How Foster Parents Can Protect Themselves

Foster parents are more than twice as likely to be the subject of a child maltreatment investigation. Though most allegations of abuse and neglect by foster parents are found to be untrue, or unsubstantiated, these allegations are made, nonetheless. Foster parents have a higher chance of false accusations made against them than birth parents. These false accusations may stem from a variety of ways. Let’s look examine these from my book The Foster Parenting Manual (Jessica Kinglsey Publishers, 2013).

First of all, those foster children who have come from environments of abuse and neglect may not recognize that the home and environment you are providing is a safe and stable one. The abuse and neglect they felt, themselves, may be all that they know, and simply make an allegation against you unknowingly, or unwillingly, due to past experiences. Other foster children, coming from the same type of environment, may make an allegation against a foster parent in the hope of leaving your home and being able to return to their own biological family. Other children may make an allegation as an attempt at distancing

themselves emotionally from you, and setting up an emotional barrier or wall between themselves and foster families. Finally, some foster children may make an accusation of abuse or neglect in an attempt at gaining revenge on either the foster family or the biological family.

As a foster parent, you may also be at risk from birth parents or biological family members. False accusations of abuse, neglect, or other forms of maltreatment may be reported against you out of the resentment by the family, as the child is living with you instead of a biological parent or family member. Along with this, false allegations might also be made against you out of jealousy, or simply in an attempt to justify the birth parent’s own present, or even past, behavior.

The foster care system is commonly one that is misunderstood by society. Many in the public are not aware of the roles and responsibilities of foster parents, nor truly appreciate and understand why a child might be placed into foster care. Along with this, many people do not recognize the challenges that both foster children and foster parents face, with behavioral, emotional, and learning issues. As a result, some in your area may mistakenly file a report to your child’s welfare agency, or to law enforcement, doing so with good intentions, but false information.

Information prior to Arrival
Prior to your foster child’s arrival, there are several things you can do to protect yourself and family from the risk of false accusations and allegations. Before the foster child is ever placed in your home, insist on getting all the information about the child that is available. This should include any history of emotional and behavior issues, learning disabilities, medical needs, as well as any physical or sexual abuse the child might have been subjected to. Ask about the visitation schedule; who he will be visiting with and how often will the visits occur. If the child has been placed in previous foster homes, try to obtain information regarding any possible false allegations or unsubstantiated reports made by child, birth parents, or other biological family members. Find out why the child was moved from the previous foster home and placed into yours. Ask to speak to the previous foster parents in an attempt to find out more about the child, along with his needs and concerns. Whenever possible, attempt to get all of this information in writing, whether from the caseworker, court system, or schools.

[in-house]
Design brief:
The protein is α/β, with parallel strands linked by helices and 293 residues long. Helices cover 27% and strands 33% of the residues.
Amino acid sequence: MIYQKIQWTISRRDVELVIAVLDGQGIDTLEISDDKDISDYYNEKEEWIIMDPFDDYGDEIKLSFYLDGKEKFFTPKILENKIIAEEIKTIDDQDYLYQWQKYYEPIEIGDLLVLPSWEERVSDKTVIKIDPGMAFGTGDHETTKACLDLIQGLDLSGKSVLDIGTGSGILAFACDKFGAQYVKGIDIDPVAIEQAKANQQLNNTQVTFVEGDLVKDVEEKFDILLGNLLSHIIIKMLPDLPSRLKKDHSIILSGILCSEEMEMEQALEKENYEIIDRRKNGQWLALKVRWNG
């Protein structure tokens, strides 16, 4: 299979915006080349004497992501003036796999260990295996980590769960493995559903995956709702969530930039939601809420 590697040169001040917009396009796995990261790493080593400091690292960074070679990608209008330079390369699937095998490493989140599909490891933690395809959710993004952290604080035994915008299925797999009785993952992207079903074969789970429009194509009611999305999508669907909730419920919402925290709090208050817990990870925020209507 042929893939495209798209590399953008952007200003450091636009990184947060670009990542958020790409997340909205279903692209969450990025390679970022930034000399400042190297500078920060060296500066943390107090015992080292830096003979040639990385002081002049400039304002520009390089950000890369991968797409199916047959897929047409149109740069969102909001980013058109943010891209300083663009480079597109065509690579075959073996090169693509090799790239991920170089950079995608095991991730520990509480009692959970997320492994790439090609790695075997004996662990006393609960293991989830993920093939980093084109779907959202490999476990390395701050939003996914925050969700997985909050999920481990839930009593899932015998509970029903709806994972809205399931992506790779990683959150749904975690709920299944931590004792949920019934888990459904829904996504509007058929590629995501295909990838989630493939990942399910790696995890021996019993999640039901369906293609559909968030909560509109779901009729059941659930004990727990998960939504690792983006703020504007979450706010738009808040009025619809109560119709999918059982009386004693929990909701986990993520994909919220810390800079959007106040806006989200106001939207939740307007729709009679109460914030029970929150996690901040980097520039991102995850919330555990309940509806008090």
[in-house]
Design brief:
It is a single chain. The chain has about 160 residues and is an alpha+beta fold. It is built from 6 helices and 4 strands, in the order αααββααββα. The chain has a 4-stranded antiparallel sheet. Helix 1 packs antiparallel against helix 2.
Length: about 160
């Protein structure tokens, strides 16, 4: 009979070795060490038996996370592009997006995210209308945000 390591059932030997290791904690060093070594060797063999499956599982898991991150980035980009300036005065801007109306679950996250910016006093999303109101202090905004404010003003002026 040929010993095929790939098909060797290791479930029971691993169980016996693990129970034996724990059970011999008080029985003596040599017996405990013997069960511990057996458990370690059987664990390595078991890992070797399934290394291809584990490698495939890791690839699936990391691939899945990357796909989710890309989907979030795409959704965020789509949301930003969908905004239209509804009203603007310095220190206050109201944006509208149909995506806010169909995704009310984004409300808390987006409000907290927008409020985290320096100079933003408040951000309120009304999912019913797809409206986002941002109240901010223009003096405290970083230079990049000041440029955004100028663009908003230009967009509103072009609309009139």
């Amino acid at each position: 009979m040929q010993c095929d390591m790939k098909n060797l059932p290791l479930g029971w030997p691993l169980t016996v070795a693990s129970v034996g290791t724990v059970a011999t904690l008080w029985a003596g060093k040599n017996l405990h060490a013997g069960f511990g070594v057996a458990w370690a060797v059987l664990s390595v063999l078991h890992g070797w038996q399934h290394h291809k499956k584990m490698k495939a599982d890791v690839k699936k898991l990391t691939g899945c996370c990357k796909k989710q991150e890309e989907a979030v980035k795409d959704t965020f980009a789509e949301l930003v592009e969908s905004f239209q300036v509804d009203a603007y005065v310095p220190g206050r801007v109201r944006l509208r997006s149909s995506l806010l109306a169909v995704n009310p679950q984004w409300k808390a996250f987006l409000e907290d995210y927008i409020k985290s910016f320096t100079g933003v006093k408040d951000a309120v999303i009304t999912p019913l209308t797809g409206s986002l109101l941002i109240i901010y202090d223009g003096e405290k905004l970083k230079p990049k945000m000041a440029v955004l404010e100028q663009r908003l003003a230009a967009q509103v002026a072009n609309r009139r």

Written Records
Throughout the placement of your foster child in your house, it will be necessary to keep written records, a journal, or some sort of documentation. This written account will help you keep an accurate account of the time your foster child lives in your home. It is important that your writing is done in a manner which is observational, descriptive, and that it is a non biased account of your foster child. Furthermore, you will want to make certain that your written account does not include your opinions. If you wish to include your opinions and feelings about him, you might wish to start a personal journal for yourself about his time with you.

Begin a journal about your foster child, beginning with his arrival. Explain the state of dress, behavior, and emotional well being when he arrived. Describe his progress and daily events in your home. If he becomes sick, include this in your written records; the time he was sick, as well as how it was treated, including doctor visits and any medicine that you gave him. Document any changes in behavior he might exhibit, when he began behaving in this way, as well as the length of time he spent in this behavior. Detail how you addressed this change in behavior, and how he reacted to any rules and consequences you put into place as a result of misbehavior. Keep a notebook specifically for his school work, including grades and report cards, any behavioral problems or discipline, and any conversations held with teachers, school counselors, administrators, and other school employees.

Visitations are an important factor in both the life of your foster child as well as his biological family members. Keep an account of every time he has a visitation, including the date, times, and locations of each visit. If he has significant emotional or behavioral changes after these visits, do your best to describe these in full. Any contact you have with the birth parents and biological family members should also be documented. You should also document each conversation you have with his caseworker. If he should display any serious conflicts or unusual behavior towards his biological family or caseworker, or even towards himself, document this in detail, as well as report it to the caseworker immediately. If you suspect any kind of abuse while visiting his family, take before and after pictures of him as another form of evidence.

As your foster child is under the custody of the state, you are liable for his safety and well being. It is important that your entire family knows this, including your own children. There will be times when he will not be able to join your own children in some activities, as some states have rules against trampolines, certain water activities, and other endeavors. Sit down with your family and discuss such safety issues such as medicines locked away in cabinets, seat belt fastening while in moving vehicles, electrical outlets, and other concerns. It will be important to not only your foster child, but for your entire family as well to routinely inspect your home for any problems that could bring harm or danger to those living in your home. Check fire alarms, electrical outlets, locks, windows, and other features on a consistent basis. Keep a fire extinguisher in your home for emergencies, and make sure your foster child knows what to do in case a fire should begin in your home.